IZA World of Labor

For long-term economic development, only skills matter

Economic growth determines a nation’s long-term economic well-being and crucially depends on skills

Stanford University, USA, and IZA, Germany

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Elevator pitch

Politicians typically focus on short-term economic issues; but, a nation’s long-term economic well-being is directly linked to its rate of economic growth. In turn, its growth rate is directly linked to the economically relevant skills of its population. Until recently, however, economists have found it hard to confirm this through empirical analysis because of difficulties in measuring the skills of different societies. International tests of mathematics and science achievement now offer reliable measures of a population’s relevant cognitive skills.

Knowledge capital and long-term growth of
                        GDP per capita (1960–2000)

Key findings

Pros

Economic growth differences are readily explained by disparities in the knowledge capital of nations.

Correct measurement of skills is important and helps identify useful areas of policy improvement.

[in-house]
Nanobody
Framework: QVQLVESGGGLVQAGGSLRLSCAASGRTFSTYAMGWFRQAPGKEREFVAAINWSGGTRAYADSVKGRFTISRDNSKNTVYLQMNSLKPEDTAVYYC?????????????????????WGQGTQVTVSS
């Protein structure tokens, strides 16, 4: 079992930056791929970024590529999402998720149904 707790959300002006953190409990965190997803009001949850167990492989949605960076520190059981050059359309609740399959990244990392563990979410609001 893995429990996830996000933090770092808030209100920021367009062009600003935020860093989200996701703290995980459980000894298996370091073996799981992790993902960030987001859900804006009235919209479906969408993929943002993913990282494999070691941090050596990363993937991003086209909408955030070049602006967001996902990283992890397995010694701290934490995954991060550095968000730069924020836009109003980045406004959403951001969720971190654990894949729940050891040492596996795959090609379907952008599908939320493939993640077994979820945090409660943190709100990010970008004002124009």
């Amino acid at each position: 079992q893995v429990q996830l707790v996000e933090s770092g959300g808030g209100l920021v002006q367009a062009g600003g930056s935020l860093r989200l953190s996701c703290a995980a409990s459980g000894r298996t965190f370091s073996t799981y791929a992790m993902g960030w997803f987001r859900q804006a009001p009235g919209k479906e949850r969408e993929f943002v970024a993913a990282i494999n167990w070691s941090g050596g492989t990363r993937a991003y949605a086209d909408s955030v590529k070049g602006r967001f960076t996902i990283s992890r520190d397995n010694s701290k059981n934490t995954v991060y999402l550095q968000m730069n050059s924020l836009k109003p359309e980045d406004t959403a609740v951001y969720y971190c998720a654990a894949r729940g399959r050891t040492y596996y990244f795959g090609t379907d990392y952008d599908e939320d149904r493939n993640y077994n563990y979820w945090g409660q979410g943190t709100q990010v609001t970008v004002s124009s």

Economic growth generates GDP gains that allow countries to meet a variety of societal goals.

A trade-off between income growth and the equality of incomes is not inevitable.

Cons

Skill improvement is difficult because alternative schooling policies are controversial.

Economic results do not appear until far in the future.

Faster economic growth may mean greater inequality.

There are no analyses considering the lowest income countries.

Author's main message

A country’s development depends on its economic growth, and countries that foster high levels of skills in their population will thrive in the long term. The gains in GDP related to skill improvements lead to substantial gains in GDP per capita, which can be used to finance other objectives, such as those found in the UN’s Sustainable Development Goals. Analysis shows that there are enormous potential economic gains from improving the quality of schools. This finding justifies substantial schooling reforms.

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